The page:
This blog is brought to you by Diamond T Cowhorses and The Bullpen Arena. Check out their full range of products on their Facebook page. They've been long time supporters of Herding East and I personally recommend them. Thanks again to Tom and Micaela Thorlakson for their excellent friendship and support.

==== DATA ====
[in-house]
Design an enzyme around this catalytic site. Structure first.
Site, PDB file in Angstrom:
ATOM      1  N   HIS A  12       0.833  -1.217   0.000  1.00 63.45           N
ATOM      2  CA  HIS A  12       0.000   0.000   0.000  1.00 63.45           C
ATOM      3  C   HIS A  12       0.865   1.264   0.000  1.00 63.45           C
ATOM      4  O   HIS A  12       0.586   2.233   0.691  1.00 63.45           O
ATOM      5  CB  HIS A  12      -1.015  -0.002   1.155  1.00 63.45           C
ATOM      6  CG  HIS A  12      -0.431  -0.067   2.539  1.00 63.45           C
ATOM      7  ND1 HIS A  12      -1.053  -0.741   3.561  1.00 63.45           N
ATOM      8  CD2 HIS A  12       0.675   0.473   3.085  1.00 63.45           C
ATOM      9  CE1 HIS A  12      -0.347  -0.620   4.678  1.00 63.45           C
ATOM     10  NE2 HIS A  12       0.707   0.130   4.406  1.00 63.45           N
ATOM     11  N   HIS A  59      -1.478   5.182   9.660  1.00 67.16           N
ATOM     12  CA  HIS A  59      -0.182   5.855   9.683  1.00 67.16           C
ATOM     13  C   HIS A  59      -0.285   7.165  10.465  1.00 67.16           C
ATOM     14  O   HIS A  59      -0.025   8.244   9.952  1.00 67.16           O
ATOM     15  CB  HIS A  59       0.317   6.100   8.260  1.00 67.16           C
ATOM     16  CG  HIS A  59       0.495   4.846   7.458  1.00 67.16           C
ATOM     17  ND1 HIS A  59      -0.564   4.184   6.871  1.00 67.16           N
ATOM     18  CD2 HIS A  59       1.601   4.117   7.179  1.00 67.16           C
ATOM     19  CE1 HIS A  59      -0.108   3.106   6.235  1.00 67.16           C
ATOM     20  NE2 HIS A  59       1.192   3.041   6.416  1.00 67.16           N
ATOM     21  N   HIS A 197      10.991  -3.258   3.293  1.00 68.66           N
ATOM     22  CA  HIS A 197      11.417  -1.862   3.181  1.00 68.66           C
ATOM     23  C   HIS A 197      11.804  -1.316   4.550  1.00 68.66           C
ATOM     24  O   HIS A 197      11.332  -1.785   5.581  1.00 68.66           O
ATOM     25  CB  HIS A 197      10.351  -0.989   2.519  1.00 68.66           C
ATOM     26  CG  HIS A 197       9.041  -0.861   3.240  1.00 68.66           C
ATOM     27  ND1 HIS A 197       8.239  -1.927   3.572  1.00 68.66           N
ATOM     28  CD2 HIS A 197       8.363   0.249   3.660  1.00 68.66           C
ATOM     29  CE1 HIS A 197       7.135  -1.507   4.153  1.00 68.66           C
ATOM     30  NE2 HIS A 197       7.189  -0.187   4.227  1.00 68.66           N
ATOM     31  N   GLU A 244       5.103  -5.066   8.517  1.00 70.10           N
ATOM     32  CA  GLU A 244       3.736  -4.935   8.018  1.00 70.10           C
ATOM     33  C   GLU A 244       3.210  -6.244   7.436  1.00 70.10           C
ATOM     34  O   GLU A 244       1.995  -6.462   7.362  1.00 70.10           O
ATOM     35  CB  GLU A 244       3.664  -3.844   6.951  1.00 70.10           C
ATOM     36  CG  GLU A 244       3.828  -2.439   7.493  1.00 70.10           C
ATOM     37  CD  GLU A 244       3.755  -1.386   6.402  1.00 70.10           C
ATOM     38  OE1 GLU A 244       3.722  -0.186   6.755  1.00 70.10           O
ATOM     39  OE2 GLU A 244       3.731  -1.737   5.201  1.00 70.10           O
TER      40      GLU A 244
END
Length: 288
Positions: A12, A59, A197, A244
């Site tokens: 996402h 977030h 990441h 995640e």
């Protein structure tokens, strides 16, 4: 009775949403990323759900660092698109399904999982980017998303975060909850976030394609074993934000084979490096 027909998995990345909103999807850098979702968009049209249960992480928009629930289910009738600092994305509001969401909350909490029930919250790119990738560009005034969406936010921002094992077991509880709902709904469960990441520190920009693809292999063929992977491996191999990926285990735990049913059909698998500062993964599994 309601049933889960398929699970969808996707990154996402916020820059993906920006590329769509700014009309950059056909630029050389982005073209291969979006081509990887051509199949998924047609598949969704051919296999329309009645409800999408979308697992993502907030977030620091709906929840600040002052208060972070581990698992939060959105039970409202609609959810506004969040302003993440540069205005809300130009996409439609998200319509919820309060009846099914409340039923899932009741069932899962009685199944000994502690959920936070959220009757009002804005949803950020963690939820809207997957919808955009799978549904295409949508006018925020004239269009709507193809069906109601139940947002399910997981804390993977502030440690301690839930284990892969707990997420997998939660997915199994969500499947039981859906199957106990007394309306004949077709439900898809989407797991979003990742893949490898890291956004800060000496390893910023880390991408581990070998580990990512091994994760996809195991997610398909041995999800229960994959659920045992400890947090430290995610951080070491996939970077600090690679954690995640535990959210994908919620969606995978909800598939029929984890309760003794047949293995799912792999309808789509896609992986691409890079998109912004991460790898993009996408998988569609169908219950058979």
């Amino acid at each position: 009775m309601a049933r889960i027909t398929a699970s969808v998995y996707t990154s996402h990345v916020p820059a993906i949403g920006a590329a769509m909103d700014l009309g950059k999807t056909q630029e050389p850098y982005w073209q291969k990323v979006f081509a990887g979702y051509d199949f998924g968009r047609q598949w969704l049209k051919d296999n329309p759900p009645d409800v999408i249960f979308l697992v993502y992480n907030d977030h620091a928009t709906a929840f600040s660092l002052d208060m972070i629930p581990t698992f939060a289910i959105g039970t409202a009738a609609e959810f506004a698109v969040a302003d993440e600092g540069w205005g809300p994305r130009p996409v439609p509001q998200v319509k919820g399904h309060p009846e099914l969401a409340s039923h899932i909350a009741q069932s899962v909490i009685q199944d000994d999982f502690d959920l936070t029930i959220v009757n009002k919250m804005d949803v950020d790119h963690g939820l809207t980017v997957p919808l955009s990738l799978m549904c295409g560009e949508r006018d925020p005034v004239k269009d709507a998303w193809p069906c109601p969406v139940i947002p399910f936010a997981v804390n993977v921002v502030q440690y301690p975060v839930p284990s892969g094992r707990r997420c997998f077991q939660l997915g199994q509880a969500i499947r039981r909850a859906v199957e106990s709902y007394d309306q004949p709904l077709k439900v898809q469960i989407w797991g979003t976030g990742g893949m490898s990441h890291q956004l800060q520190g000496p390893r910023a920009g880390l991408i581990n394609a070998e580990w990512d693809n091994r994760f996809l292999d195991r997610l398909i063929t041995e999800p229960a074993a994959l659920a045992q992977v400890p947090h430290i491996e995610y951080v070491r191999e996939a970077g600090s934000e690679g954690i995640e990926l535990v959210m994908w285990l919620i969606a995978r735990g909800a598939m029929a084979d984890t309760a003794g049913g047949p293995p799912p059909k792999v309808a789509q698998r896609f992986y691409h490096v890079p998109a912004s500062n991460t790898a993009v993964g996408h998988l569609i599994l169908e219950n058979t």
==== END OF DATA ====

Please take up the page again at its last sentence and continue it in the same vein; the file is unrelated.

I forget where I heard this piece of wisdom but a top handler once said (and I'm paraphrasing a bit) "by the time I get to a trial, I don't even watch my dog. I watch the sheep and control them". Again this is another classic example of someone building their dog to a point where they trust them enough to do their job. It is something we all should aspire to with our dogs. Yet watching the stock is a bit more complicated then that. It is also hugely important in training. People I've coached over the years will probably vividly remember me saying "watch the stock" while they're training. They probably also remember their own frustrations in trying to dissect what I meant. Luckily my for my faithful readers, I have become a lot better at explaining it. At the root of it, the stock will tell you exactly how your dog is working and exactly what they are doing wrong. If your dog is cutting flanks, the stock will jump away exactly where the dog cut in. If the dog has bad pace, the stock will be running when driving instead of walking. Even more interesting, different stock will show you different things. Real hard to move stock will challenge less confident or weak dogs where as a confident strong dog will move them easily. Stock that are very wild and fast moving will show whether a dog knows how to cover and balance properly enough to keep them grouped. I also often hear people say "I can't see what my dog is doing behind those animals". But you don't have to see the dog. The stock will tell you exactly where that dog is and what it's doing. If they're running off at a 45 degree angle from you, then send your dog over back to balance until the animals are coming straight again. If you see the group of animals zig zagging toward you then your dog is wearing to much and needs to be slowed down and straightened out. If the animals at the back randomly jump up like they got spooked by something the your dog is probably diving in a biting those particular animals. The examples are truly endless. Yet for me, it all comes back to my underlying philosophy. Whether your trialing or just farming, we all are trying to achieve the same thing. We are trying to, within our dogs and selves, achieve excellence in stockmanship. Don't worry so much whether or not your dog takes every command. Or if they take every command exactly technically correct. Worry whether you can move any stock at any time however and wherever you want. Put commands to the stockmanship. And if you're ever wondering whether or not you're on the right track, stop watching the dog; watch the stock.